Standing in what remains of her house, partially destroyed by a Russian artillery strike, Raisa Abramtseva painted a bleak picture of her daily life in southern Ukraine's Kherson region.

"Nowhere to live, no water," she said, summarising the day-to-day in her village of Novovorontsovka, which faces regular Russian bombardments and is still suffering from the fallout of the destruction of the Kakhovka dam one year ago.

In the early hours of 6 June 2023, the massive Soviet-era dam was blown up, pouring billions of litres of water downstream and flooding dozens of villages on the banks of the vast Dnipro river.

Kyiv said Russia, whose troops controlled the dam at the time, blew it up to thwart a Ukrainian counter-offensive. Moscow blamed Ukraine.

Dozens were killed in the floods that followed the blast, which has also caused vast and likely permanent environmental damage to southern Ukraine.

Novovorontsovka, which lies upstream from the dam on the banks of the Kakhovka reservoir, faces the opposite problem to settlements downstream: a lack of previously plentiful water.

Reservoir levels dropped by almost 20 metres, said Sergiy Pylypenko, head of the municipal company responsible for water supplies.

The systems they once used to collect water no longer work.

"And then there are the hostilities, which completely destroyed one of our pumping stations," he added.

Carrying out repair work on the shores of the reservoir -- a natural front line between Ukrainian forces on the western bank and Russians entrenched on the east -- is too dangerous.

"The crew and the equipment involved will not live long," Pylypenko said.

- 'Wanted to go home' -

Abramtseva, 68, is just one of the hundreds of thousands of people that the environment ministry estimated last year had fully or partially lost access to clean drinking water, in what the ministry has called "a direct danger to their lives and health."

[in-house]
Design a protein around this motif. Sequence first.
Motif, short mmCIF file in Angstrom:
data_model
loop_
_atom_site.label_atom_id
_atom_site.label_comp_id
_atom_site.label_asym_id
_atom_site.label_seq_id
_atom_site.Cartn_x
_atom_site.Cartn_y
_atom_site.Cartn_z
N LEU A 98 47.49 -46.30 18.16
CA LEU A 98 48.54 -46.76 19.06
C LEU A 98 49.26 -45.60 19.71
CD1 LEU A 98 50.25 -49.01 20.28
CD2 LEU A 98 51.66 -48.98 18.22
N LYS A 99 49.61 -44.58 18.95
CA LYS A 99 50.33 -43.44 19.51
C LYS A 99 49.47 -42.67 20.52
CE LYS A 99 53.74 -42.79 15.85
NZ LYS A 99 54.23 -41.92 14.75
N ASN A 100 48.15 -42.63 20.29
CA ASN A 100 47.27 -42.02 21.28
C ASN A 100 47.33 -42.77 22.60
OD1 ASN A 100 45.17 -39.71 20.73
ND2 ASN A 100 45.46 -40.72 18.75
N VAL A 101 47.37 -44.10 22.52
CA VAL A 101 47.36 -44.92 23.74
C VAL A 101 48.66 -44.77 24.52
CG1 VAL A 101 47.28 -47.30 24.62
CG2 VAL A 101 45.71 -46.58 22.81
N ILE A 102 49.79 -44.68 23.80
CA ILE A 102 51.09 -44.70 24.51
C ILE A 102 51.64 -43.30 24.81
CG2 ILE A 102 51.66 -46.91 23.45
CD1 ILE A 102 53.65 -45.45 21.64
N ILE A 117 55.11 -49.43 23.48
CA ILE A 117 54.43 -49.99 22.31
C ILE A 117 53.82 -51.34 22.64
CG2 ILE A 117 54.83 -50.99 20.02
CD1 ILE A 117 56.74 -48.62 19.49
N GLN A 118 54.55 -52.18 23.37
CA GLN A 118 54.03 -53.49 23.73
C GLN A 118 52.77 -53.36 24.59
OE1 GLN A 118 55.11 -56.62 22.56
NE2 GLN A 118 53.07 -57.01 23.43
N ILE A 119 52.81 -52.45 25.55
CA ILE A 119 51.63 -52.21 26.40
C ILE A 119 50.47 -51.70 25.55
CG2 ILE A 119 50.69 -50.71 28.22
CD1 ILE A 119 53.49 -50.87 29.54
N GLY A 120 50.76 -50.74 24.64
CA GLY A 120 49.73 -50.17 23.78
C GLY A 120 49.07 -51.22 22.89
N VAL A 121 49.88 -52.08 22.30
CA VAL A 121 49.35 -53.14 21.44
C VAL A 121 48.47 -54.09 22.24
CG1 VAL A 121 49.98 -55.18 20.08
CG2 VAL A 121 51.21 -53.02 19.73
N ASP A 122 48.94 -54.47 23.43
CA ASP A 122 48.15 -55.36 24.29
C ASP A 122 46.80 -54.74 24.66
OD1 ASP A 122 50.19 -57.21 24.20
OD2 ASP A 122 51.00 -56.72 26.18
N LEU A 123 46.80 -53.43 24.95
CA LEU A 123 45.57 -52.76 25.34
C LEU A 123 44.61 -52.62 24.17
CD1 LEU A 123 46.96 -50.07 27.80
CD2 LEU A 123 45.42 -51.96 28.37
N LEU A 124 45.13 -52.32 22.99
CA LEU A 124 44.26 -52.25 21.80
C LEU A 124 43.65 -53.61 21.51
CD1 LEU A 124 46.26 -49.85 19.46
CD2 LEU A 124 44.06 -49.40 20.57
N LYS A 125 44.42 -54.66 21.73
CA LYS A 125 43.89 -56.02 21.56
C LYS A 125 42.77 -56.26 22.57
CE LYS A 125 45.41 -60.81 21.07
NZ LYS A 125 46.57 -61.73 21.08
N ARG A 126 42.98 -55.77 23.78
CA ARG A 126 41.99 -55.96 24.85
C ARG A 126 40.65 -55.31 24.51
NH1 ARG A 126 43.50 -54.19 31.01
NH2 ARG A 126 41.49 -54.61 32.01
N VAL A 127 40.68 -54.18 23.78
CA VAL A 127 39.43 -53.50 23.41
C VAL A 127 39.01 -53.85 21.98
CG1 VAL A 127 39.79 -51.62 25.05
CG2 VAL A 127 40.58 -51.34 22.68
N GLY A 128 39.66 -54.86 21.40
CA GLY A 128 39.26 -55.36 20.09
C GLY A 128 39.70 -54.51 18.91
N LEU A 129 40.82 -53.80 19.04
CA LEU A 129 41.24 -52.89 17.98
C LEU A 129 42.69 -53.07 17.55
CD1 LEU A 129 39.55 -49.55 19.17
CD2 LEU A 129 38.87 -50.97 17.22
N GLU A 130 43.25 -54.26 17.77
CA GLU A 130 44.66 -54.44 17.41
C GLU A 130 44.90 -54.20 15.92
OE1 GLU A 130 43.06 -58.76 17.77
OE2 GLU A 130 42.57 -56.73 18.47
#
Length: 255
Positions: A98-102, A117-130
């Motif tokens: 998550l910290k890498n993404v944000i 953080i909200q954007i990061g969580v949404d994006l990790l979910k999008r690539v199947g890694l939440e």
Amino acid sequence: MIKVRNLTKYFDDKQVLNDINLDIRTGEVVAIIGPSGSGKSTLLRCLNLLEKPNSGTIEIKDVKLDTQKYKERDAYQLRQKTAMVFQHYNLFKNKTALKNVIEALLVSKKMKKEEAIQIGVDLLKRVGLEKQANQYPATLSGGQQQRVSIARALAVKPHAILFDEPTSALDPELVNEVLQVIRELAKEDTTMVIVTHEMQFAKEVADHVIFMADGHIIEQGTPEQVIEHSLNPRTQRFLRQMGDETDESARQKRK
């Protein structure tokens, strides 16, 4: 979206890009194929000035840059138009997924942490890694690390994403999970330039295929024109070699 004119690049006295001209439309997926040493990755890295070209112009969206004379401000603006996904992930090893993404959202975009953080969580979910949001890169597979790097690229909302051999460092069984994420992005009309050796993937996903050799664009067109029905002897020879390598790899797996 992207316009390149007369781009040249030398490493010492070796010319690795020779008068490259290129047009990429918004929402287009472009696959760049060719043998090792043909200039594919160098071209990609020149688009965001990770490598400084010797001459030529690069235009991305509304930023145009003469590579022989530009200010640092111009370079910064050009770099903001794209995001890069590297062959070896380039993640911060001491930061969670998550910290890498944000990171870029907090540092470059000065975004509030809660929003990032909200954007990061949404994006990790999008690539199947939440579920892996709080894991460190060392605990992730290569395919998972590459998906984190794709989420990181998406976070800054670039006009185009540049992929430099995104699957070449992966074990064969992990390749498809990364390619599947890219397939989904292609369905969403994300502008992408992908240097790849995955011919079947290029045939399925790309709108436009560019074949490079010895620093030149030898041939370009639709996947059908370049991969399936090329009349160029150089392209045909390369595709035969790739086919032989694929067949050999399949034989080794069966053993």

Leaning on a walking stick and followed by a grey kitten, Abramtseva said she had been determined to come back to the village despite the challenges.

She had left after the Russian strike on her house in 2022 but soon returned, and now lives in a nearby building that was renovated on her shoestring budget and lacks a proper ceiling.

Even though her new home resembles a "shed," she said she had felt compelled to return.

"I wanted to go home," she told AFP.

Getting clean drinking water to Abramtseva and others is no small feat.

A lorry despatched by the authorities snakes around the village, offering people to fill up their water tanks for a fee.

The driver must avoid being targeted by Russian drones that often lurk overhead, ready to drop grenades and explosives at any moment.

- 'Nothing good' -

Downstream of the dam, problems remain in the Korabel district of Kherson, an island to the south of the city that was completely flooded.

The waters have receded but the impact can be seen whenever taps are turned on.

"The water is brown," said Natalia Biryuk, 67.

Power cuts are also frequent -- the result of two years of Russian attacks on Ukrainian energy facilities.

"Sometimes there is light, sometimes not," she added.

"There is nothing good here. And they shoot (at us) everyday."

Some on the island -- just six kilometres (4 miles) from Russian troops -- tried to put on a brave face.

"Our neighbourhood is still alive," local resident Valery Biryukov, 67, told AFP.

"But the people aren't here anymore. They've all left," he conceded.

- 'Restore our Ukraine' -

Silence hung in the air on the streets of Korabel. The few who ventured outside were mostly elderly pensioners. Most of the area's pre-war residents have left.

Lyudmila Batovrina, a 63-year-old wearing a t-shirt with a shiny Louis Vuitton logo, says only seven of the 40 apartments in her building are occupied.

Next to a bomb shelter, a handful of street vendors were selling strawberries and home-made yoghurts and cheese.

It is one of the last remaining options for shopping.

There are no banks, schools and hardly any doctors, residents said.

"They come out here to buy something and then run home," said Lyudmila Kyrzhnyr, a 55-year old vegetable seller.

After the floods she had to throw everything out of her ground-floor apartment.

Some 12 months later, it still smells of mould, she said.

The water from the taps also "stinks."

"I heat the water in a pot, and it gets covered with a brown film on the top," she said.

When asked why they have not joined the majority in leaving, the neighbourhood's remaining residents have a simple answer.

"We have nowhere to go. No one needs us anywhere," said Kyrzhnyr.

But, she added, it is not just a lack of alternatives that keeps her here.

"We still have to live, and we have to restore our Ukraine."